derotam | 31 janvier 2019

@Zachary, as of firmware 48.12 there is no battery icon(battery heating) in the app. I doubt it is implemented at all yet and who knows if it ever will.

Musk did mention pushing power through the motor to generate heat to heat the battery but there hasn't been any more information concerning how or when that happens. Supposedly it is triggered when you turn on climate control from the app but haven't seen any empirical data to prove it. It would be nice if someone would test this and record a massive power usage while plugged in but no charging happening. It doesn't get cold enough for me to really test.

cincyBrad | 31 janvier 2019

Question about keeping the Battery warm during these extreme cold spells. I keep hearing its very important to just Plug in your Tesla while its is parked if at all possible. Last night when I get home from work, I plugged it in and scheduled it to charge a couple hours before I left for work the next morning. Now this morning, the Battery range had drained down some amount (maybe 10-15 miles?) and was too cold to charge. Looks like it was trying to warm itself for the 1-2 hours without adding any range. It seems that while it is just plugged in (and not charging), its not really doing anything.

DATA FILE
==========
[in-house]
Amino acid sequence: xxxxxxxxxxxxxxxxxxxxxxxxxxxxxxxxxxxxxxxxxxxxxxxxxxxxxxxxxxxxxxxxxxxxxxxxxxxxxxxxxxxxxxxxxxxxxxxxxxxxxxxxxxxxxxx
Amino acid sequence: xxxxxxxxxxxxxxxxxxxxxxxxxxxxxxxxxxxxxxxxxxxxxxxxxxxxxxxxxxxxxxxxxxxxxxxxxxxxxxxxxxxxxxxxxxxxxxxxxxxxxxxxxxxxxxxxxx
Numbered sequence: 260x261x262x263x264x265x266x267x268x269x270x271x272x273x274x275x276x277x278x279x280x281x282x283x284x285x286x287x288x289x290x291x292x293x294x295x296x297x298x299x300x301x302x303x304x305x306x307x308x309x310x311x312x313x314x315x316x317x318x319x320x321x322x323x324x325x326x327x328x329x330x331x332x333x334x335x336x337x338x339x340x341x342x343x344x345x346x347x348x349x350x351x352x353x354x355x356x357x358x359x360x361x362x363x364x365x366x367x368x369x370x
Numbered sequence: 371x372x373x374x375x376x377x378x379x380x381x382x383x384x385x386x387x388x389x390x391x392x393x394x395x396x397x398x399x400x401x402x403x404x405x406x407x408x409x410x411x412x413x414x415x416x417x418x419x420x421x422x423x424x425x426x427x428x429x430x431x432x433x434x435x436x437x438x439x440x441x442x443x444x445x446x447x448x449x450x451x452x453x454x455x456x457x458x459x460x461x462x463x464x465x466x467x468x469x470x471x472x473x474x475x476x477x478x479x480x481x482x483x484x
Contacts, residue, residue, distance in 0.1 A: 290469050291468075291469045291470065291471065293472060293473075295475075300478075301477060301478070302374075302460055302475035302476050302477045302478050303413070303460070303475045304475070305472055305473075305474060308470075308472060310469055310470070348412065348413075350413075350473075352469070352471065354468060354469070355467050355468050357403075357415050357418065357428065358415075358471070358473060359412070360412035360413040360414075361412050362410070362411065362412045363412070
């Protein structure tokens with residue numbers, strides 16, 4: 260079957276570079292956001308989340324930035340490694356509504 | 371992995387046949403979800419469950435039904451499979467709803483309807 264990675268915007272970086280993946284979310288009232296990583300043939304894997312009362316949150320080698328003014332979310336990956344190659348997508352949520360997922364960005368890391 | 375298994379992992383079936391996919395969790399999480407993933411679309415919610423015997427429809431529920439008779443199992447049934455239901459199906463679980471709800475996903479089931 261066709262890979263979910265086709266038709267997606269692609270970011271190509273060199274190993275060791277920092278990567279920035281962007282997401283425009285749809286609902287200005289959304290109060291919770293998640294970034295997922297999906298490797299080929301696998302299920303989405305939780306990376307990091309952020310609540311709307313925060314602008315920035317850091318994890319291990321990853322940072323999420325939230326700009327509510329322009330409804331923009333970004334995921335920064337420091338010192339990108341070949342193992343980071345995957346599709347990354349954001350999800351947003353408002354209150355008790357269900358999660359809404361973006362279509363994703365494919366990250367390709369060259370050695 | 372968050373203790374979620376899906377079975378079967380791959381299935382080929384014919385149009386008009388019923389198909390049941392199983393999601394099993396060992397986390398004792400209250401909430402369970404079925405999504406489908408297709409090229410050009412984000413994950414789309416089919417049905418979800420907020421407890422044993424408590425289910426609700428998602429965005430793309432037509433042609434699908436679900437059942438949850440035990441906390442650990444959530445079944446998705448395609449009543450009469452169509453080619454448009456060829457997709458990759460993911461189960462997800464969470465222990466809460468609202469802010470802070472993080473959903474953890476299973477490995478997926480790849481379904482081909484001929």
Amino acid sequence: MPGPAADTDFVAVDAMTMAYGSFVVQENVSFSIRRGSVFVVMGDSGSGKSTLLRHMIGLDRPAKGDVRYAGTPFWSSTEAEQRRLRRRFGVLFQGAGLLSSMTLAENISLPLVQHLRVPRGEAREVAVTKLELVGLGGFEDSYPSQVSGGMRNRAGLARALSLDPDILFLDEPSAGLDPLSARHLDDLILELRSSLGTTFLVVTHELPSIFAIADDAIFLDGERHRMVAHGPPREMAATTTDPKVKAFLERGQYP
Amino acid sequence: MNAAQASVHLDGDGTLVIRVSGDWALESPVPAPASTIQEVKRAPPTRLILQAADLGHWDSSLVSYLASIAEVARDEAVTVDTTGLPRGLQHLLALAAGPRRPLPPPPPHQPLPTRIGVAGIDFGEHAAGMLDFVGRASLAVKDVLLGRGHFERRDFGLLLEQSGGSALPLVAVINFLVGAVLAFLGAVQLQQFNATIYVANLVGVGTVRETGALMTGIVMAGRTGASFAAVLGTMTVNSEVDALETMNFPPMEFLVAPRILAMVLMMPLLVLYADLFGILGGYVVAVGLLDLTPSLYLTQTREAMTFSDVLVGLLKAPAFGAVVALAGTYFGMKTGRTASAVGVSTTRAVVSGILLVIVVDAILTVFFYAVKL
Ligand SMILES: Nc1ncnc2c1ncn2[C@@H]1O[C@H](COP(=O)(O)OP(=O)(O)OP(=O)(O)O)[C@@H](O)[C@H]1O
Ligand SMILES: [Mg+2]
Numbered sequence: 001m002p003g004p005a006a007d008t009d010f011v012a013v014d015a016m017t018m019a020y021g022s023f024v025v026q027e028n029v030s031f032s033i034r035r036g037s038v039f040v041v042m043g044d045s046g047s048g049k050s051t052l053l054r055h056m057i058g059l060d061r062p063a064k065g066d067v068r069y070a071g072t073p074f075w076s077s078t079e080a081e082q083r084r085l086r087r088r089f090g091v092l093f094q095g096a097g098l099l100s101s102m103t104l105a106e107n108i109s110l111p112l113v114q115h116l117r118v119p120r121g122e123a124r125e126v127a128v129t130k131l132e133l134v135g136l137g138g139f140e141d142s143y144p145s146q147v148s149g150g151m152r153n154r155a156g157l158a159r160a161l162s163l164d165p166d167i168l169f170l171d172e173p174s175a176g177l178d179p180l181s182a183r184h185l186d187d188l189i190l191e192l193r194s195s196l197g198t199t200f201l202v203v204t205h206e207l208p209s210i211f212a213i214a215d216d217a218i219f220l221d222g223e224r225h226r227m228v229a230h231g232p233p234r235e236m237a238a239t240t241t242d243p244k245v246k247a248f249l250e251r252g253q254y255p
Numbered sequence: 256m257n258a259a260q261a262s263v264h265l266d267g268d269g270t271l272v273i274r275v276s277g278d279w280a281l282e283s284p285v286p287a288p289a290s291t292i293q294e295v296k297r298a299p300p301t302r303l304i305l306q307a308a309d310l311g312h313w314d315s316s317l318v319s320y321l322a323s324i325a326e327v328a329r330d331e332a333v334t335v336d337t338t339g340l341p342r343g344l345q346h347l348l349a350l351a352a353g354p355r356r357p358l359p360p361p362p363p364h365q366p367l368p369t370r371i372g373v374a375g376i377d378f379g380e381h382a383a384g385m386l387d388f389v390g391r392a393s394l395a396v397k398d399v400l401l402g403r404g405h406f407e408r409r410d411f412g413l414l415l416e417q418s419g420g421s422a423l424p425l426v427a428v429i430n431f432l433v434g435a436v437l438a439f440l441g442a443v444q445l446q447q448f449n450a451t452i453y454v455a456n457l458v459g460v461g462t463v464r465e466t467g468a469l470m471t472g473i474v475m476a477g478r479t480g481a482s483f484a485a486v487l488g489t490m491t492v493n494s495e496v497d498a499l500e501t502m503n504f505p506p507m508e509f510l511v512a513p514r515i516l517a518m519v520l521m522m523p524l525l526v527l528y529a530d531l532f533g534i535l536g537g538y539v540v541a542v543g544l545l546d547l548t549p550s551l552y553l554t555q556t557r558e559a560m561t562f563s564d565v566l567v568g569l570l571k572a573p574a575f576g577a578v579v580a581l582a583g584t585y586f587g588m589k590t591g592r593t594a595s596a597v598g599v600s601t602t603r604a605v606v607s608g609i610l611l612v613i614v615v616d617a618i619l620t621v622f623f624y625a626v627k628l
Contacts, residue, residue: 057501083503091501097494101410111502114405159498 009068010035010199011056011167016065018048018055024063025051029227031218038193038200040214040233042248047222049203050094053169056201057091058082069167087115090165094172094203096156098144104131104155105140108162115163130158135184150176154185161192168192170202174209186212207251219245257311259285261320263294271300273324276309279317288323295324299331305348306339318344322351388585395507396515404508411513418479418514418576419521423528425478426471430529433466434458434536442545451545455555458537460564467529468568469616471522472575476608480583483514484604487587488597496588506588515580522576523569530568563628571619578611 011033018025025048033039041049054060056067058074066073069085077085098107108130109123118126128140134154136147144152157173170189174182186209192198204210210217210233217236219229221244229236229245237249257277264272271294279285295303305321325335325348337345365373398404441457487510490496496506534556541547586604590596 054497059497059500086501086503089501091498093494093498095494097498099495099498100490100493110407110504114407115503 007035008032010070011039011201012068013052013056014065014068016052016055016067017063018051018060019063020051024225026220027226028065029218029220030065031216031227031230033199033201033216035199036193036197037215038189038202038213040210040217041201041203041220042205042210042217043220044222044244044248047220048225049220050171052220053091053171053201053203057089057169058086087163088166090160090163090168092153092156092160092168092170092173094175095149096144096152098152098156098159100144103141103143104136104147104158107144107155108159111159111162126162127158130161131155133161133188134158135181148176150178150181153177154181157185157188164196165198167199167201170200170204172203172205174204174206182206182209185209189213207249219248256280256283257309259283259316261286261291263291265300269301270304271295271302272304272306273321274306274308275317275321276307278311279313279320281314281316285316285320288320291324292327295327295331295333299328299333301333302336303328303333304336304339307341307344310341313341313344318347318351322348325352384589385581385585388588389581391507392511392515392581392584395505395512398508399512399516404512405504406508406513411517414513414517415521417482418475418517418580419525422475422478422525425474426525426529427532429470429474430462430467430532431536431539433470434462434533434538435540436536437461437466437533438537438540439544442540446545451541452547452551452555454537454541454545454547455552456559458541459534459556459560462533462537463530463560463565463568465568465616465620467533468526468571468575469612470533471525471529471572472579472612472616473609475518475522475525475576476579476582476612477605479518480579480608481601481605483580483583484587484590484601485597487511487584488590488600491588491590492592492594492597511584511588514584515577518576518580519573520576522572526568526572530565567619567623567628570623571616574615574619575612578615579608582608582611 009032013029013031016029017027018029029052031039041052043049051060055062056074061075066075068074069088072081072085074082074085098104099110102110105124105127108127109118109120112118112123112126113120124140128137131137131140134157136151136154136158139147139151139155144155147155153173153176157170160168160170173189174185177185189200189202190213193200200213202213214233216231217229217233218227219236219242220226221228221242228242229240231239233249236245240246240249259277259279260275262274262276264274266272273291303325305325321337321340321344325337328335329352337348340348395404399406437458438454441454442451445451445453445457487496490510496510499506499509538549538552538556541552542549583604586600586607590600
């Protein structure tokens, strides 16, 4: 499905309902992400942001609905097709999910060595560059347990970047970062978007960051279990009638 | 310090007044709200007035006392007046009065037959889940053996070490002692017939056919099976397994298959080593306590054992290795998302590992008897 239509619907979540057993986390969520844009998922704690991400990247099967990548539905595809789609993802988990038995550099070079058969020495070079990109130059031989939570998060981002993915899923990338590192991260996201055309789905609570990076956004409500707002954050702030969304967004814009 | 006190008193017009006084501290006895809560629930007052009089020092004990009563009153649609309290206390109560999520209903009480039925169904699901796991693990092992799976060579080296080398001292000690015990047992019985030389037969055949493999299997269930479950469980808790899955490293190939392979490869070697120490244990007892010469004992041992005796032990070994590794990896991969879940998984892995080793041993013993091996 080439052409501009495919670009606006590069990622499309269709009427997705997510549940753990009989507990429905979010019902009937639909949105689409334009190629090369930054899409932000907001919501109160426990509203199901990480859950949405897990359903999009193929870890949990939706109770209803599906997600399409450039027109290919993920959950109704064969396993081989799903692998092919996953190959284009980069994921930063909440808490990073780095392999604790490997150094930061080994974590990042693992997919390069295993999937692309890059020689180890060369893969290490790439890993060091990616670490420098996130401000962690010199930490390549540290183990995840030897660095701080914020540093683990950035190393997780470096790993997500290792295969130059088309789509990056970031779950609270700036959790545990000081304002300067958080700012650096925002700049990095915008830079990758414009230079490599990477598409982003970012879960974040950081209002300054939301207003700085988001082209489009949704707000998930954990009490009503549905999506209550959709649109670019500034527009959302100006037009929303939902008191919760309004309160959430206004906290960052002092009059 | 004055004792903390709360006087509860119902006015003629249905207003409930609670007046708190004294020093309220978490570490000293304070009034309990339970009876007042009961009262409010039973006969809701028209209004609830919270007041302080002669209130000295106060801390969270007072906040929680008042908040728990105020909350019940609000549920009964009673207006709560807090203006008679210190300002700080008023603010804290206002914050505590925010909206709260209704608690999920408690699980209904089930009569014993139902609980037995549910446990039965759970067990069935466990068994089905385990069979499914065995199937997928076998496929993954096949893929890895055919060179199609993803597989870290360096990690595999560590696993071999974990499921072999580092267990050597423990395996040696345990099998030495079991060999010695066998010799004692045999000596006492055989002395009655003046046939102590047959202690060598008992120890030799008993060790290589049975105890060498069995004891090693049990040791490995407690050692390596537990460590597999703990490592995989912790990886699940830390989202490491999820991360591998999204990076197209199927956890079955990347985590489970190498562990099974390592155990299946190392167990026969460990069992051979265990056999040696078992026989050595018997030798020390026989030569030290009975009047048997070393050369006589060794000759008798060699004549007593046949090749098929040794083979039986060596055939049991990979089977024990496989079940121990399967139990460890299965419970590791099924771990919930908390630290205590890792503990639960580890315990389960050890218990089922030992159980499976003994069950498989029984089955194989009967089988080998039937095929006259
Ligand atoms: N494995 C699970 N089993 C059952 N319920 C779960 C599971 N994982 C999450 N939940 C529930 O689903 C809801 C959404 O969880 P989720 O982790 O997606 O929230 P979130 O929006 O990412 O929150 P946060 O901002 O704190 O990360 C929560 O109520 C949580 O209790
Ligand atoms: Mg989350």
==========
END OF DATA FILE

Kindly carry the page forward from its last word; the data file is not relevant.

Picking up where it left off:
Does simply Plugging in the car do anything in this situation?

Mike UpNorth_ | 31 janvier 2019

@Brad

I don't think it does anything.

Mike UpNorth_ | 31 janvier 2019

****But

If you turn on climate control and warm the cabin - while plugged in - it will draw the power from the wall not the battery. So there's that.

Bighorn | 31 janvier 2019

@dsvick
The battery will not add charge if it’s at or below freezing.

Bighorn | 31 janvier 2019

batteryuniversity.com/learn/article/charging_at_high_and_low_temperatures

jjgunn | 31 janvier 2019

Link https://batteryuniversity.com/index.php/learn/article/charging_at_high_a...